Size - 59 acres
Check out how the park compares to other National Parks by Size.
October 18, 1972
In 2021, Sitka NHP had 96,793 park visitors.
In 2020, Sitka NHP had 115,494 park visitors.
In 2019, Sitka NHP had 232,876 park visitors.
National Park Address
103 Monastery St, Sitka, AK 99835
National Park Map
Where is Sitka National Historical Park?
Sitka NHP is located on Baranoff Island near the town of Sitka, Alaska. It is within walking distance of downtown Sitka
Estimated distance from major cities nearby
All major cities can be reached via plane or boat/ship. The only way in and out of Sitka, Alaska is on a ship, ferry, or plane.
Estimated Distance from nearby National Park
Where is the Sitka National Historical Park Visitor Center?
The visitor center is located in Sitka, Alaska.
Getting to Sitka National Historical Park
Sitka Rocky Gutierrez Airport (SIT)
There are no roads connecting Sitka to the mainland of Alaska. The NHP is very easy to reach in Sitka via one of the main roads.
If Sitka is a port of call on your Inside Passage Alaska Cruise you will be happy to know the park's easy walking distance of downtown Sitka.
The historical park is a pretty easy walk from downtown Sitka or you can hire a taxi to take you to the park.
We heard that it is a 10-15 minute walk depending on how much you stop to enjoy the views.
There are cruise ship excursions that include a visit to the park.
We took the cruise ship shuttle from the cruise port into Sitka and then hired a taxi from the drop-off point to the visitor center.
We were able to call the taxi company when we were ready to be picked up.
Best time to visit Sitka National Historical Park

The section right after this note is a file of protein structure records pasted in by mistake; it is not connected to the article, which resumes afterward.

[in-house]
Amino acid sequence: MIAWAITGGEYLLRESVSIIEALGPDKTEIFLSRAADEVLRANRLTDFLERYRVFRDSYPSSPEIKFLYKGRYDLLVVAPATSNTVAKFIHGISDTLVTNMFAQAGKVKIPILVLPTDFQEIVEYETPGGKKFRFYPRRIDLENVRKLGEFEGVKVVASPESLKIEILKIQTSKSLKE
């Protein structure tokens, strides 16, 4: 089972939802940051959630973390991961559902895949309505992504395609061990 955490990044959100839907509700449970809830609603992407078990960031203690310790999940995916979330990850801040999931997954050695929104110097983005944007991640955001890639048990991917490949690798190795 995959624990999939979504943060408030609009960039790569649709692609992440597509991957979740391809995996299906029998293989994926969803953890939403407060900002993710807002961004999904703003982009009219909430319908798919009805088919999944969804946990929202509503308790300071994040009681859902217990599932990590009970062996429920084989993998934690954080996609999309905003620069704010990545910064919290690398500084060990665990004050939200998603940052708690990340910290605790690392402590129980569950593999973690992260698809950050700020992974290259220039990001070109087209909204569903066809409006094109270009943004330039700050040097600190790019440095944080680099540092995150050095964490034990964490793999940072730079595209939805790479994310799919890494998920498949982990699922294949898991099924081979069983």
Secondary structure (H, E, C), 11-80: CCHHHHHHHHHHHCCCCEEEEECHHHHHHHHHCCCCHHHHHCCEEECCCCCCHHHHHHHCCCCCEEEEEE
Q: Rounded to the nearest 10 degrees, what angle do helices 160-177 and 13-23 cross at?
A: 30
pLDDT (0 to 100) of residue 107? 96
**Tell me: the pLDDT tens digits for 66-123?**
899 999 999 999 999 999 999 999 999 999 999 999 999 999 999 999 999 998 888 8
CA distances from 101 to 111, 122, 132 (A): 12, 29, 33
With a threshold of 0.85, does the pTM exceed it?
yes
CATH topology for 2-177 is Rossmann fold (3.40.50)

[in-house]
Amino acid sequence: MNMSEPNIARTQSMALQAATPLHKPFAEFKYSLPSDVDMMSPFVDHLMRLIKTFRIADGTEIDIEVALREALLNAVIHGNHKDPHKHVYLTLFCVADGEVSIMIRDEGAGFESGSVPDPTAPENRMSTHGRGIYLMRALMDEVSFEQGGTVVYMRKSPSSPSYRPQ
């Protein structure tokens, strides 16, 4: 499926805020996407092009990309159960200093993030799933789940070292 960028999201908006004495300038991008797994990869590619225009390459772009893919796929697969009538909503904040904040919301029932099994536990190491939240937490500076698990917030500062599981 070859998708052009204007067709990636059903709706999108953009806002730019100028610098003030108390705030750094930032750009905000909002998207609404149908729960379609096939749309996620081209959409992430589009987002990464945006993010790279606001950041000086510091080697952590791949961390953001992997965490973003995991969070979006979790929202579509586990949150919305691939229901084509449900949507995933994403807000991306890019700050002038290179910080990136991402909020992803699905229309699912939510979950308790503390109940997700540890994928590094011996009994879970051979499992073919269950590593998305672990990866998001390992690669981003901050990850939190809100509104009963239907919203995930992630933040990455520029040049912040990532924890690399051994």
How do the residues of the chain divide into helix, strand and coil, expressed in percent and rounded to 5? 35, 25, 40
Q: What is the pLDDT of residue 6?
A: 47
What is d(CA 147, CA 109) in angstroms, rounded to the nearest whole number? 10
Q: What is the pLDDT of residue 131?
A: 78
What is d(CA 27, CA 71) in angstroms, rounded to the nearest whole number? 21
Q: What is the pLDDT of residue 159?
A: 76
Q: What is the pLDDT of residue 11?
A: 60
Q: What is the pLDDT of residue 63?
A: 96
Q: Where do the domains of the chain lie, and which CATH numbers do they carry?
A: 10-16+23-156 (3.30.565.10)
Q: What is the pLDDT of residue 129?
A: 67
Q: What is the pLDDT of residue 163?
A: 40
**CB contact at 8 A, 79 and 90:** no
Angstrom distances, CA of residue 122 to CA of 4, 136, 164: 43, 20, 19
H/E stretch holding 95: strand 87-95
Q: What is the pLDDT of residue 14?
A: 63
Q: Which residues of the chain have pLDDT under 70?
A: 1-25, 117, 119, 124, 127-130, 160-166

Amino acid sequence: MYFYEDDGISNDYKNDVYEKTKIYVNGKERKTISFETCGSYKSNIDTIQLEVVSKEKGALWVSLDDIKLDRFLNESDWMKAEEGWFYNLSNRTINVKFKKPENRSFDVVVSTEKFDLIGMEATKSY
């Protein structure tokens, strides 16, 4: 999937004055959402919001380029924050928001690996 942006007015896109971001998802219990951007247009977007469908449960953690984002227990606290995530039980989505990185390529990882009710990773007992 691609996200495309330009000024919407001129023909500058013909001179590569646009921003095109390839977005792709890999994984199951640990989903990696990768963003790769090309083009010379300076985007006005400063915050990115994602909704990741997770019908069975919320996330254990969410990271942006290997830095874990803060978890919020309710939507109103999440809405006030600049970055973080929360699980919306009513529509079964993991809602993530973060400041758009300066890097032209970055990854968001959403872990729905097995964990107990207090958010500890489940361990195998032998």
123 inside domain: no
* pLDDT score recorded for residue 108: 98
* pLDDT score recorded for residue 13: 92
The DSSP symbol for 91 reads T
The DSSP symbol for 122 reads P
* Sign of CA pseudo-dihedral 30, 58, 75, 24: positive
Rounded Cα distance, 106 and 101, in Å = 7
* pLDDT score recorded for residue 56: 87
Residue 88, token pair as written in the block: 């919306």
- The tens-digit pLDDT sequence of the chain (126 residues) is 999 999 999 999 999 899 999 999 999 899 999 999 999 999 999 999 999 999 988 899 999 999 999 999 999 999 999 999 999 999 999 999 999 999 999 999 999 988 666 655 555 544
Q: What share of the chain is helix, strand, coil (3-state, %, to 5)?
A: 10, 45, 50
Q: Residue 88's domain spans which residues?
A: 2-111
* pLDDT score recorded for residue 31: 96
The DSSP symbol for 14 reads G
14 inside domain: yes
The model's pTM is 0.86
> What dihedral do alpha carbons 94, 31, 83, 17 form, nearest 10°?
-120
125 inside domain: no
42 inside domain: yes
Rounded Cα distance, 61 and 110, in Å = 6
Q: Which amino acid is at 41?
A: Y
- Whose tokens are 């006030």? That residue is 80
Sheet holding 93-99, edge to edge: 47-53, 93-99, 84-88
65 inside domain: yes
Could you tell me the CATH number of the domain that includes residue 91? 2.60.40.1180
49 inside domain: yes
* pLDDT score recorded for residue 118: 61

Summer is the best time to visit for warmer weather.
Weather and Seasons
Sitka, Alaska experiences cool cloudy summers and long cold winters. It is wet year-round with temperatures varying from 33 degrees to 62 degrees on average.
The warmest weather is from June 14th to September 16th with an average daily temperature above 58 degrees.
The coldest weather is from November 11 to March 24th with an average daily temperature below 44 degrees.
The coldest month is January along with getting the most snow with an average of 2.8 inches.
Best Things to do in Sitka National Historical Park
We suggest planning a couple of hours to visit the park so you can enjoy the visitor center and walk the Totem Trail.
We really enjoyed our time in the park and would happily return to spend more time exploring.
If you want to have the history of the park and information available while exploring check out this self guided audio walking tour.
The visitor center is the best place to start your visit to the park. There is a 12-minute video that does a great job of showing the different voices of Sitka.